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The Green Sheet Online Edition

June 24, 2013 • Issue 13:06:02

The FDIC responds to Brobot

By Nicholas Cucci
Network Merchants Inc.

In response to reports regarding ongoing attacks on the websites of major U.S. financial institutions (FIs), the Federal Deposit Insurance Corp. issued a warning to consumers about distributed denial of service (DDoS) attacks. I wrote about this series of DDoS attacks, which began in September 2012, in "Brobot strikes again," The Green Sheet, April 8, 2013, issue 13:04:02.

Botnets run amok

I mentioned in "Brobot strikes again" that a DDoS attack occurs when a third party hijacks a machine or network of machines to run botnets that flood a web service to cause a temporary outage and thereby deny legitimate users access to the site. Botnets are connected via the Internet and can communicate with one another to perform tasks; they can be used for good or ill.

This series of attacks is attributed to the hactivist group Izz ad-Din al-Qassam Cyber Fighters, which uses a group of botnets, called Brobot, to carry out the assaults. In addition to FIs, three online gaming websites were also targeted.

Consumer fears addressed

In "What To Know if Criminals Disrupt a Bank's Internet Service" published in the Spring 2013 edition of FDIC Consumer News, the FDIC endeavored to provide useful information to the public and alleviate consumers' fears. It also noted that banks are required to notify the public if sensitive data is ever breached during attacks such as these.

"The motive behind most denial-of-service attacks to date has been to damage the targeted institution's reputation by keeping customers from accessing its website or online banking system and causing people to believe something is seriously wrong with the bank," said Michael Benardo, Manager of the FDIC's Cyber Fraud and Financial Crimes Section. "In reality, denial-of-service attacks to date have done little more than temporarily inconvenience Internet banking customers."

The full bulletin can be found at www.fdic.gov/consumers/consumer/news/cnspr13/cyberattacks.html.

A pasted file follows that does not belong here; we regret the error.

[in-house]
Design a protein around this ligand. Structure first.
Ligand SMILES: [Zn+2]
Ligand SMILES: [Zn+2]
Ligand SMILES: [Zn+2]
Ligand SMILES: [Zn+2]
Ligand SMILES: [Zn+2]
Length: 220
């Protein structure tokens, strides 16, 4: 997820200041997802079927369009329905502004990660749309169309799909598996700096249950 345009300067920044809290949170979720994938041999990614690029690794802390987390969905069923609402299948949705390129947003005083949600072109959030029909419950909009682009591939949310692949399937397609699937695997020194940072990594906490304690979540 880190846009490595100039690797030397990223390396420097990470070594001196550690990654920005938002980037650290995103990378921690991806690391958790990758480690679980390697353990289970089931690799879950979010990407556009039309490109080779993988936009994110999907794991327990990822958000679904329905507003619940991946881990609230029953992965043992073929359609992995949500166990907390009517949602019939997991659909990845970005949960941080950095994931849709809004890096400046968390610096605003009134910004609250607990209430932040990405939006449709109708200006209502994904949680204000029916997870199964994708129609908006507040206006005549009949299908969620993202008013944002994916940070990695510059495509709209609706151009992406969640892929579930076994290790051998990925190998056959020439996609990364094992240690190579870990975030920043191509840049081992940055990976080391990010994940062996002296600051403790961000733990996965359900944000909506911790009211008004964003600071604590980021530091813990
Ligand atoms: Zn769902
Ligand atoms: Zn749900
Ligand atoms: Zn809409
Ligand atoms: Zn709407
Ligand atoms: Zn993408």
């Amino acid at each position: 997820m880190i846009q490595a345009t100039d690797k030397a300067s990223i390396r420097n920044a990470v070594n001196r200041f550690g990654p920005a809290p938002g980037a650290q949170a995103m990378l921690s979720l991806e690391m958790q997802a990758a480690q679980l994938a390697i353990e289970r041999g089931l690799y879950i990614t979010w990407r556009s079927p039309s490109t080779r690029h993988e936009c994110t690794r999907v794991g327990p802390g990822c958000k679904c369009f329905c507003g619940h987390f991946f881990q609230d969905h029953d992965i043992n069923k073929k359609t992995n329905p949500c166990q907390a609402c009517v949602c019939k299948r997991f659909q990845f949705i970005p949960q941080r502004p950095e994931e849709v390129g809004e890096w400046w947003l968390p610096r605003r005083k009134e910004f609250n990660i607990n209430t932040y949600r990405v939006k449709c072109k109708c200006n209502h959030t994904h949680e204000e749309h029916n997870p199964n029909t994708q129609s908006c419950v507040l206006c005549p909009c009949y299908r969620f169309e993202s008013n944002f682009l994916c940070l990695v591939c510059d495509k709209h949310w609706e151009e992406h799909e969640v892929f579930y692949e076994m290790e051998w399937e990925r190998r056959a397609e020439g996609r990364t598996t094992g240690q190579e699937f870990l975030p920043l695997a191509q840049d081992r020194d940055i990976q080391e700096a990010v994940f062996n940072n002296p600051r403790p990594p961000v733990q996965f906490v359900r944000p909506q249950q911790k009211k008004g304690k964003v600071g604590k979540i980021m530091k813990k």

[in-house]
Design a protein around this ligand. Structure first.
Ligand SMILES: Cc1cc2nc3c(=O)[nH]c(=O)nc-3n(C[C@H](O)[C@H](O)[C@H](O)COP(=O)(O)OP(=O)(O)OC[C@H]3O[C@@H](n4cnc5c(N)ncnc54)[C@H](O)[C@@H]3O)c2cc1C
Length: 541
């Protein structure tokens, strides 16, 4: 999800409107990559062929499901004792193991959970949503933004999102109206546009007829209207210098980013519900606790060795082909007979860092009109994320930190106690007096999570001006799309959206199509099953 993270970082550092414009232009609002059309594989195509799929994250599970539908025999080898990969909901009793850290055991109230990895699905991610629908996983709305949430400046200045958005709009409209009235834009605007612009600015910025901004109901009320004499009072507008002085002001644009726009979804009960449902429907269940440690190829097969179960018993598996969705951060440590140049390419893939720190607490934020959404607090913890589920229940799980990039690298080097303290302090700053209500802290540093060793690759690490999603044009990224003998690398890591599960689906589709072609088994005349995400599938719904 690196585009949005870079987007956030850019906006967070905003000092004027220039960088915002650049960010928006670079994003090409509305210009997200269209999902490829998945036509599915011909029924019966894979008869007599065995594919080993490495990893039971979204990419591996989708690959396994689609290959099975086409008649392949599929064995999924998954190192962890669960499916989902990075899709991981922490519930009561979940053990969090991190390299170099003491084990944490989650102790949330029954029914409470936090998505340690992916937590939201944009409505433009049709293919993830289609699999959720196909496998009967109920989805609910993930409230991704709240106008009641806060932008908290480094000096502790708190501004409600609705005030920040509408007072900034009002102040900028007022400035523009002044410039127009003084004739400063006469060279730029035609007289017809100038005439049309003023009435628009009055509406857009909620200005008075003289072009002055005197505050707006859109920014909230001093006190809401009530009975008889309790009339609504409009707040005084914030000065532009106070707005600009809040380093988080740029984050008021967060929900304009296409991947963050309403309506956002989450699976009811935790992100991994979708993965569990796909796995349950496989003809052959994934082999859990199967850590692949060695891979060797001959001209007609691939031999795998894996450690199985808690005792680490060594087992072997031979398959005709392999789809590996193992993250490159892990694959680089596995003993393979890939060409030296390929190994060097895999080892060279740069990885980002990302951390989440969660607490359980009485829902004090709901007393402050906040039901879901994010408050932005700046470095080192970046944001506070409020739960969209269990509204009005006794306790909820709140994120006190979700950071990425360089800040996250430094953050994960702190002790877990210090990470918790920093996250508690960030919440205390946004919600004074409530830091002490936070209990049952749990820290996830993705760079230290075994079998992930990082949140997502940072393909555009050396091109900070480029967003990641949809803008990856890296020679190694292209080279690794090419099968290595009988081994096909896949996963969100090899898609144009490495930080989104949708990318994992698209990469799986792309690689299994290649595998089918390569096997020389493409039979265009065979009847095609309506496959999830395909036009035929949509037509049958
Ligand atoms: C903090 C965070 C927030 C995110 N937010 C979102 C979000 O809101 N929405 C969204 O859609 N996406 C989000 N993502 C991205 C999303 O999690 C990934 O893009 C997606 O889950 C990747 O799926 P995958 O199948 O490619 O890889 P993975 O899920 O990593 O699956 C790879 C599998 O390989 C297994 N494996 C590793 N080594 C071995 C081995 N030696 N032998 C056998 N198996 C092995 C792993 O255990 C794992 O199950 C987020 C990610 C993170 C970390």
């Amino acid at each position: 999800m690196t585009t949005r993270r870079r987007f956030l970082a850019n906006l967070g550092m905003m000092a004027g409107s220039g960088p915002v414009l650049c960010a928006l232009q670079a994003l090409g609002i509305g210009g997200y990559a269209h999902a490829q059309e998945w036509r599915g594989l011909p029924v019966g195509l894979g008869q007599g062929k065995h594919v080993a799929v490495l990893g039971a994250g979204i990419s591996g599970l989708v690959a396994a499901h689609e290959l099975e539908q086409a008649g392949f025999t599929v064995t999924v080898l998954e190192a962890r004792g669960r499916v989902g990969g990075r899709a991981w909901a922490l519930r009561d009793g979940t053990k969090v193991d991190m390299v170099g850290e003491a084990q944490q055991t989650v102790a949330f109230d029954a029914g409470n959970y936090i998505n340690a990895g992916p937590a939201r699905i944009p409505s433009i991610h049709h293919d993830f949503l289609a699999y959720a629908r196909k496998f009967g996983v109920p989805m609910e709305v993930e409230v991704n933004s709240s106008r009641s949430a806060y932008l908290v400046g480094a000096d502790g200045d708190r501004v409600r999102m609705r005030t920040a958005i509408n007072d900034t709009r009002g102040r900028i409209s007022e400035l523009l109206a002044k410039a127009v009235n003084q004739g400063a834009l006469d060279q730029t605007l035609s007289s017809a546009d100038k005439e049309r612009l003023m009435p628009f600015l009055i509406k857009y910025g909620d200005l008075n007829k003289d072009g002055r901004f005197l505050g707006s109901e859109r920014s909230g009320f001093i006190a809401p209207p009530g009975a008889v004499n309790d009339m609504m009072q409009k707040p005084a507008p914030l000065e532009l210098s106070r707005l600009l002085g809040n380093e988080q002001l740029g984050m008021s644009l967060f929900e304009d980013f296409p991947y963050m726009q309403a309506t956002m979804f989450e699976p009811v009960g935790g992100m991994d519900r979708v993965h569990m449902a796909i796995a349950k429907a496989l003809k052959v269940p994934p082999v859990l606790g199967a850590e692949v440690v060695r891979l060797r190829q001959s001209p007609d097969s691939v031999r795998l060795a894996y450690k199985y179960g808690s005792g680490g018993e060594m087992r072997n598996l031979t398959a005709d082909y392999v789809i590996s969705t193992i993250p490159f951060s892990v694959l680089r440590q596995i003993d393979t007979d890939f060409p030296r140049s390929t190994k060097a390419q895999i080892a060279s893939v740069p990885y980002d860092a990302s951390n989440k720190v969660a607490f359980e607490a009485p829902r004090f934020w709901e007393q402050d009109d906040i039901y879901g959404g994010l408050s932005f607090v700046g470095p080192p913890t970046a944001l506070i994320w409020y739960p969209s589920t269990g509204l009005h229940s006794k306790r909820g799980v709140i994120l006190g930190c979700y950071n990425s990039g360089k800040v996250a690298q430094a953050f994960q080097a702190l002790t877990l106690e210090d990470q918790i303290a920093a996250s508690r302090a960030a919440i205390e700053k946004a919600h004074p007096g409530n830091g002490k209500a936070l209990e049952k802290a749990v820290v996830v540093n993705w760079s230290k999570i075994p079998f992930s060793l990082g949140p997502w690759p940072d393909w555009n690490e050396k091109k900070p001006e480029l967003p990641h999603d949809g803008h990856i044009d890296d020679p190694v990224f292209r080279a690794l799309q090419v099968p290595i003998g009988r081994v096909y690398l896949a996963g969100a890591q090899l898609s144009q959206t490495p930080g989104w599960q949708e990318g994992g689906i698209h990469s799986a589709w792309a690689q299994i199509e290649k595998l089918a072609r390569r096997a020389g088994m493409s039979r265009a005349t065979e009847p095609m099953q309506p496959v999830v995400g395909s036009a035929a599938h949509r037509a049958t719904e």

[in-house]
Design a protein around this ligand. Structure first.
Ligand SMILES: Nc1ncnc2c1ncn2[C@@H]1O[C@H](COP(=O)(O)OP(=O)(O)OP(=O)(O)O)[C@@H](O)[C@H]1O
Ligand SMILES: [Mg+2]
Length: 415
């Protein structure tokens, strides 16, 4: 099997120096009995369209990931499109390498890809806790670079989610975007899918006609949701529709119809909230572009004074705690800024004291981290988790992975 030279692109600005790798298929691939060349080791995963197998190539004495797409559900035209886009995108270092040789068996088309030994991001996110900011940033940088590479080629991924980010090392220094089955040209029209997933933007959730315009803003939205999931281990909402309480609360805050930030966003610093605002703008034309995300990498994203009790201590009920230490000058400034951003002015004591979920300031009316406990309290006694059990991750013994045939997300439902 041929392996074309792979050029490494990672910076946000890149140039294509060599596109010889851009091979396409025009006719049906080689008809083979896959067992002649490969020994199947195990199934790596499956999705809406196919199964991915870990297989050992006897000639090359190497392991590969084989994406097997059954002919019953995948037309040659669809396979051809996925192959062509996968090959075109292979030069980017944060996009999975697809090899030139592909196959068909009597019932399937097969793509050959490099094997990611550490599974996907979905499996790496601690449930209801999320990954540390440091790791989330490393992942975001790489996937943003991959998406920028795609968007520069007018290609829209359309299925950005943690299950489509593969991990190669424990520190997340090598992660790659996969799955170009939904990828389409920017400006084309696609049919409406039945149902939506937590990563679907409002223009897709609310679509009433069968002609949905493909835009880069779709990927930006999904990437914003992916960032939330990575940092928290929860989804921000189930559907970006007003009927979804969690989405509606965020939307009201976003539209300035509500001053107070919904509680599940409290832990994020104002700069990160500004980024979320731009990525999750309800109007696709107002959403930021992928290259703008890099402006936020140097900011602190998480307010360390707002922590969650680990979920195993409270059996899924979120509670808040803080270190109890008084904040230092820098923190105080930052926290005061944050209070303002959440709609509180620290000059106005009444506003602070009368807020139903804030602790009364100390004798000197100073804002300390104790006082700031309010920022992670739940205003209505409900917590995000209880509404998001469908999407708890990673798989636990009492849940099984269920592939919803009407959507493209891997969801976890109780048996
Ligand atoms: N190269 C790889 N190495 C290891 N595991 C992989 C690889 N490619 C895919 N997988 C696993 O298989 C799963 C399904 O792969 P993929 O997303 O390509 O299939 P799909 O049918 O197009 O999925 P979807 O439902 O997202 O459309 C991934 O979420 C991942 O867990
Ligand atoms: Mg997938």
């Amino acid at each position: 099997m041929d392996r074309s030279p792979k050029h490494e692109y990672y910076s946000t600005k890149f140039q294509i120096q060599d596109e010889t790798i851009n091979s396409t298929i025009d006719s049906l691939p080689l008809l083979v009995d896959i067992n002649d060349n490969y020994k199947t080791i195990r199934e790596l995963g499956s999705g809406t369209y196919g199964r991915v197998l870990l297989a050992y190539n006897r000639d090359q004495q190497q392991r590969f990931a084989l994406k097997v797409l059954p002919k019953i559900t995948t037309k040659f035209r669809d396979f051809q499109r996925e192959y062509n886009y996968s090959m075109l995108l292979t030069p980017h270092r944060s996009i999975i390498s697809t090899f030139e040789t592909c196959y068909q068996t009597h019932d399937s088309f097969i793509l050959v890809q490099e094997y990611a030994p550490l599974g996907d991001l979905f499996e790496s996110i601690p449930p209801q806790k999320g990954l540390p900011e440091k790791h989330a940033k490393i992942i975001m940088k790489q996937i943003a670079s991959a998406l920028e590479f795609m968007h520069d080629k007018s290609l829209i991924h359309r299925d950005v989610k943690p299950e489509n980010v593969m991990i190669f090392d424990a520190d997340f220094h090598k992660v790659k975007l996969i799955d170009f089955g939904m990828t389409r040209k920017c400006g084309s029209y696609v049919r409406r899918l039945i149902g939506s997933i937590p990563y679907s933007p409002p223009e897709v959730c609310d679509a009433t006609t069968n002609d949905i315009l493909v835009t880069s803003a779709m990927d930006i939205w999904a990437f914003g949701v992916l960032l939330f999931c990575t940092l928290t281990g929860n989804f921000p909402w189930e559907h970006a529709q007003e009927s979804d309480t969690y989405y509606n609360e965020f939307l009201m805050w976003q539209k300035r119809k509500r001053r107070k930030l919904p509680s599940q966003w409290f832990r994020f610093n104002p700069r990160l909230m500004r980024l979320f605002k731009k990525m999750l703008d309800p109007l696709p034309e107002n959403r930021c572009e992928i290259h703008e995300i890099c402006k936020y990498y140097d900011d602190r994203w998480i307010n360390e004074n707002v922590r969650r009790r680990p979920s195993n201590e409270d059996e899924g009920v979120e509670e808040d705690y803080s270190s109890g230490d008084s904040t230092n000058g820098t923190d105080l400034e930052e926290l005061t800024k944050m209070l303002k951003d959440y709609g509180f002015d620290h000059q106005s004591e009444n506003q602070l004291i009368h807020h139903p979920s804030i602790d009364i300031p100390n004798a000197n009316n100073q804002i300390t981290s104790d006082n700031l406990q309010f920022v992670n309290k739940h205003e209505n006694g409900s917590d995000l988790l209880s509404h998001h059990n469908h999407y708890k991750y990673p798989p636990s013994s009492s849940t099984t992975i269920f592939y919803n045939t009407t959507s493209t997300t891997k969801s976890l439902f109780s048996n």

Consumers whose access to online banking has been disrupted have expressed their concerns about this on social media sites such as Facebook and Twitter. FIs have responded to their customers' tweets and posts in an effort to confirm that their money is safe.

Banks have also stated that if an online banking portal goes down, it does not mean people cannot access their money; they have other ways to reach their FIs, including via mobile device, ATM and call center.

There have been three phases of DDoS attacks attributed to Izz ad-Din al-Qassam so far, and with each phase, the attacks are stronger and more concentrated. As of mid-May 2013, the group appeared to be on a temporary hiatus. What is truly dangerous is that it could be attacking multiple sites at once and staying under the radar without divulging its intentions or what it may be searching for. Will there be a fourth wave?

Another data breach

On April 26, LivingSocial Inc. was also breached, though the intrusion does not seem to be related to Brobot. As of April 29, no credit card numbers had been reported stolen. According to PCMag.com, 50 million customers' accounts may have been compromised, and LivingSocial sent them an e-mail notification informing them of the cyber-attack. It is not yet known how the breach occurred and what pieces of information were stolen. end of article

Nicholas Cucci is the Director of Marketing for Network Merchants Inc., a graduate of Benedictine University and a licensed Certified Fraud Examiner. Cucci is also a member of the Advisory Board and Anti-Fraud Technology Committee for the Association of Certified Fraud Examiners, as well as a member of the Electronic Transactions Association's Risk, Fraud and Security Committee. NMI builds e-commerce payment gateways for companies that want to process transactions online in real time anywhere in the world. Contact him at ncucci@nmi.com.

Notice to readers: These are archived articles. Contact names or information may be out of date. We regret any inconvenience.

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